GE Centricity Advance Ceasing Operations

Yesterday I had the opportunity to talk with the people from GE who briefed me that GE is in the process of shutting down their GE Centricity Advance product line. This was pretty big news to me since I remember just last year at HIMSS meeting with GE and hearing that for the small practice (I believe 1-10 docs) GE Centricity Advance was where they were putting all their effort. You could see the energy they had behind it. In fact, their iPad EHR app was built on top of the GE Centricity Advance solution (which is now being moved to their other EHR product lines).

You might remember that the GE Centricity Advance solution was actually created out of the purchase of MedPlexus in March 2010. At the time, MedPlexus had 100 employees out of California with the development team out of India. At the time of purchase it seemed GE’s acquisition would provide a SaaS based EHR option to the independent physician market. Plus, MedPlexus (which became GE Centricity Advance) also provided an integrated Practice Management System with the EHR.

The GE Centricity Advance website is already forwarding to the Centricity Practice Solution website and a letter was sent out to all Centricity Advance customers informing them that the product line was ceasing operation. I’ve asked for a copy of that letter and if I get it, I’ll add it to this post (or if you’re a customer that received it and doesn’t mind sharing we’d welcome it).

I was told that GE is offering Centricty Advance users a free transfer to their Centricity Practice Solution EHR software. From what they told me it seems this will include data migration, training on the new system and a license for Centricity Practice Solution. Of course, Centricity Advance was paid on a subscription model so they’ll have to continue paying the monthly fee. As with most data migrations, I don’t think we’ll know how good GE is at migrating the data from GE Centricity Advance to Centricity Practice Solution until they start to do them.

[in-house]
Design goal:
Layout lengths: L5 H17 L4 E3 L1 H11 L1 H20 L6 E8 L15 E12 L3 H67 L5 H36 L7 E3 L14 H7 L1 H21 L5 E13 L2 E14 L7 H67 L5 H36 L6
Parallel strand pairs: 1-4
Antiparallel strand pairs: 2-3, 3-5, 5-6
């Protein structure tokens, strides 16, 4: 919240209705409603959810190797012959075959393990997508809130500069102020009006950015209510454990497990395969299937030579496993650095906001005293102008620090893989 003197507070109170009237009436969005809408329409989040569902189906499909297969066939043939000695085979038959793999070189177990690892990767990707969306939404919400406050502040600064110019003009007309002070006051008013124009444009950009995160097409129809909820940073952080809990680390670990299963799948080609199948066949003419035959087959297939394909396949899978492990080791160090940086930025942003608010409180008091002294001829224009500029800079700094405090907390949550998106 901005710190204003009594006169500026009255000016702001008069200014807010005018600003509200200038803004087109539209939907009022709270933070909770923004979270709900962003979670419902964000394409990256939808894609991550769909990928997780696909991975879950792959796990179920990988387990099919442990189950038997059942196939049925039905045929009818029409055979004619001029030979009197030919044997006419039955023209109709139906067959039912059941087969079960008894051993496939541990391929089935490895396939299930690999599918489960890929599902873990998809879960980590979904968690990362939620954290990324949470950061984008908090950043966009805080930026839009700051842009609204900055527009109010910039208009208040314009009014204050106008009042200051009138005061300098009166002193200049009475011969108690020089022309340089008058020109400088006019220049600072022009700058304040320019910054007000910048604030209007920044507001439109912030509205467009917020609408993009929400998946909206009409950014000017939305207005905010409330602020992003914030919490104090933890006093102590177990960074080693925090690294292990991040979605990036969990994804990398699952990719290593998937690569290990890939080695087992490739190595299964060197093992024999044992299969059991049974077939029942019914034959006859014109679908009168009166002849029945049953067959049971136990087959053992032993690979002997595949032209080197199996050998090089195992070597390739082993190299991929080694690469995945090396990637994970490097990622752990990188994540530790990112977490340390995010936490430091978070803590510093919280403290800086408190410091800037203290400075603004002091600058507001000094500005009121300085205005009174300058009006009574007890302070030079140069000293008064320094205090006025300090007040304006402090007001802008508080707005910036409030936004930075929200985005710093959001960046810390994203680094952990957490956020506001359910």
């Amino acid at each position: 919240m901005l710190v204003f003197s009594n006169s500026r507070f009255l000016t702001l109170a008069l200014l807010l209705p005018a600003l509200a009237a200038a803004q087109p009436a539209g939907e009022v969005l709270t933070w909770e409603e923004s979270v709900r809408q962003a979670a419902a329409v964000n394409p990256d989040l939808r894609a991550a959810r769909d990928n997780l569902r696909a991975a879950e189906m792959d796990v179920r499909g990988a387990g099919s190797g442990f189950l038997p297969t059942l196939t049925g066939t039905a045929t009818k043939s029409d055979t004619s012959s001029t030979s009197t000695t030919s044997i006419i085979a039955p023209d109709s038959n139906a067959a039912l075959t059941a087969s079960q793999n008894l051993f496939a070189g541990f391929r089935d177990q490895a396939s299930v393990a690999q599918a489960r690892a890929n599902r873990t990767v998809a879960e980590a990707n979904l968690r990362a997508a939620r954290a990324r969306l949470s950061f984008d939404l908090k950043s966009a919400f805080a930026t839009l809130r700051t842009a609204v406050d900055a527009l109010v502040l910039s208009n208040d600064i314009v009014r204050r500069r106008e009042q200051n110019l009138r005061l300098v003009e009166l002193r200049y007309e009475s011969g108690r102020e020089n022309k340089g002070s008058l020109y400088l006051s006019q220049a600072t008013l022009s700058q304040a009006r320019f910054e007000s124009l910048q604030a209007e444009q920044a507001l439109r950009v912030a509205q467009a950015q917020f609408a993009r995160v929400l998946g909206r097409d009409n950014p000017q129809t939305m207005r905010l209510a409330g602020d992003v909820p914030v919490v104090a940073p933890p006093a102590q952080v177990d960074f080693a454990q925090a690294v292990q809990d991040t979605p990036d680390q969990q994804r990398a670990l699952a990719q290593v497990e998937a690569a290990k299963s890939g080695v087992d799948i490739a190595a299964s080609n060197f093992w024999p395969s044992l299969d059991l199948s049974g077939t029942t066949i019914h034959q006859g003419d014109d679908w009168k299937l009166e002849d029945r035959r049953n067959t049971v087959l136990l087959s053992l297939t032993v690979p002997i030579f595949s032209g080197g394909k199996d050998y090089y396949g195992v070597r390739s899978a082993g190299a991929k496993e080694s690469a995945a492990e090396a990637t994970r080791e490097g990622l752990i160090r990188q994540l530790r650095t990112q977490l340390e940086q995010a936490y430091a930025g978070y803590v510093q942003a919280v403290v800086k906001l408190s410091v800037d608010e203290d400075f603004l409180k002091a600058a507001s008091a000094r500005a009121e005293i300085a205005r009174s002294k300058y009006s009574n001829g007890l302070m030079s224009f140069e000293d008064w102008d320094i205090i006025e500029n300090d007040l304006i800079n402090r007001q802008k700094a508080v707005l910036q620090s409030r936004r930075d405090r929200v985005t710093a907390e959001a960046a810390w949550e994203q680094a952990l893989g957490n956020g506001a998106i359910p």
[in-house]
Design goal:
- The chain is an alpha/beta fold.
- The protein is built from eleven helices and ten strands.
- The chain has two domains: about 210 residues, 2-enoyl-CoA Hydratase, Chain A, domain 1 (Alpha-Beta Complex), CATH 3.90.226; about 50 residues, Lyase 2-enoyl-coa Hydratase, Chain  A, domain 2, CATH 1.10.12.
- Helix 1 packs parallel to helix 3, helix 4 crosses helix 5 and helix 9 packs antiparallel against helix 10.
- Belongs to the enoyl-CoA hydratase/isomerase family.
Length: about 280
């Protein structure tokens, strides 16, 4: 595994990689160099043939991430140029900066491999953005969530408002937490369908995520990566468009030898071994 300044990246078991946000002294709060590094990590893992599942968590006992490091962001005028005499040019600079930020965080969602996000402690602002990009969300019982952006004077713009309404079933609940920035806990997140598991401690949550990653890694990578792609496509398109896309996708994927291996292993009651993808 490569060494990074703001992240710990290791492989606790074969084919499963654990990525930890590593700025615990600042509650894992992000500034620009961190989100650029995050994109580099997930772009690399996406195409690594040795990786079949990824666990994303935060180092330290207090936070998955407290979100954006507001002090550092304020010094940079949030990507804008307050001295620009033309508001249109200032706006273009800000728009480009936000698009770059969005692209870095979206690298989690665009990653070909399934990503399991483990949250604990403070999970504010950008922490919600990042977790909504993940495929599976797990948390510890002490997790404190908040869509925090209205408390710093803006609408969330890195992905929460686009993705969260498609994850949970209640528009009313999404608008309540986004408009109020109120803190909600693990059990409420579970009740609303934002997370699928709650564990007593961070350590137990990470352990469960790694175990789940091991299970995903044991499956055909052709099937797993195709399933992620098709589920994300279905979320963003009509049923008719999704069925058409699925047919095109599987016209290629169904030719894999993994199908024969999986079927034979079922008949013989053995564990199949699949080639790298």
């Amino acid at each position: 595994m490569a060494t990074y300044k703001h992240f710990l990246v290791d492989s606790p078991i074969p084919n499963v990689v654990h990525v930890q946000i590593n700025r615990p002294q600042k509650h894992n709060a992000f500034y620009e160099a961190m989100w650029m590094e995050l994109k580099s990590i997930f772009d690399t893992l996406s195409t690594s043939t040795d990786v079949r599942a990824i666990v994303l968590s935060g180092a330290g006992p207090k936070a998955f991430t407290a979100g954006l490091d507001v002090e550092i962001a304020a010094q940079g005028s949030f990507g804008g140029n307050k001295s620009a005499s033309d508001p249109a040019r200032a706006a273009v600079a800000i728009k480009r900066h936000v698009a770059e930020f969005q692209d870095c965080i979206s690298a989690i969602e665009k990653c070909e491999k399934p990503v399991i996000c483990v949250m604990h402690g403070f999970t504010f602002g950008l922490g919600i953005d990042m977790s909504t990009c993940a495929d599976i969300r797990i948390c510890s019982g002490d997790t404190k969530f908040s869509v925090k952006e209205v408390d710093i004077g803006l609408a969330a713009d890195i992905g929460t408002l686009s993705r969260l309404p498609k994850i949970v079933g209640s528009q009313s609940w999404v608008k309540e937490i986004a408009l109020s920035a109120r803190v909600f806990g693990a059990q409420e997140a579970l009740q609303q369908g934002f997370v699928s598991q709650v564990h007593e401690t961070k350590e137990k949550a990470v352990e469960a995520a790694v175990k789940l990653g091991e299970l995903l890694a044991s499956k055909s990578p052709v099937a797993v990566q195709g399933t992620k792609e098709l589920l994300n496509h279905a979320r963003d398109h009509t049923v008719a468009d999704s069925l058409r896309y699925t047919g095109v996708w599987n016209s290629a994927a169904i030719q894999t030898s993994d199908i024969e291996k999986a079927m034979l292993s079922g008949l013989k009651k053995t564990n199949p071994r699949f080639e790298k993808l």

Since both Centricity Advance and Centricity Practice Solution have ONC-ATCB complete EHR certification, there shouldn’t be any problems for those that transfer to Centricity Practice Solution when it comes to EHR stimulus money. Those not wanting to move to the Centricity Practice Solution will have this as part of their decision on what to do once Centricity Advance is no longer supported. I expect there will be many in this situation since while Centricity Practice Solution is available through GE’s partners as a “SaaS” offering, I think many will want to find a true from the ground up web based SaaS EHR offering.

I asked how many providers would be effected by the end of the Centricity Advance product line, but it’s GE’s policy to not comment on those numbers.

Where does this leave GE Centricity EMR software?
GE Healthcare IT still does a couple billion dollars of business and still has three EMR software offerings:
*Centricity Practice Solution – The replacement for Centricity Advance and will be GE’s EMR offering for the 1-100 provider practices.
*Centricity EMR – Still ambulatory EMR, but for the 100+ provider practices.
*Centricity Enterprise – Acute care EMR

I’m sure that many will wonder how good the Centricity Practice Solution will do in the small practice arena. Will this basically mean that GE is no longer a player in the small 1-10 provider practices? It’s hard to say for sure, but I’ll be interested to see how the Centricity Practice Solution EHR does in this market. There must have been a reason they purchased what became Centricity Advance instead of going with Centricity Practice Solution in the first place.

On the other hand, I could see people making the argument that this is a sound strategy by GE since movements like accountable care organizations (ACO’s) and related initiatives are putting the small practice in jeopardy. We know that many hospital systems are purchasing up group practices as they prepare to become an ACO among other reasons. While we still have many small group practices, it’s worth considering how many of them will survive the changing landscape. If not many survive, then this strategy by GE could end well for them. Although, I personally believe that practice consolidation is cyclical and so I’m not ready to announce the death of small group practices yet.

Another trend that might make this a good decision on GE’s part is what I call the Smart EHR. Our current phase of EHR adoption is basically converting paper to electronic. Once doctors start requiring EHR software to do things far more advanced (see Artificial Intelligence and Genomics EHR), it will require a new kind of EHR. Maybe Centricity Advance wasn’t prepared to make this shift. We’ll see if GE’s other EHR software is ready for it.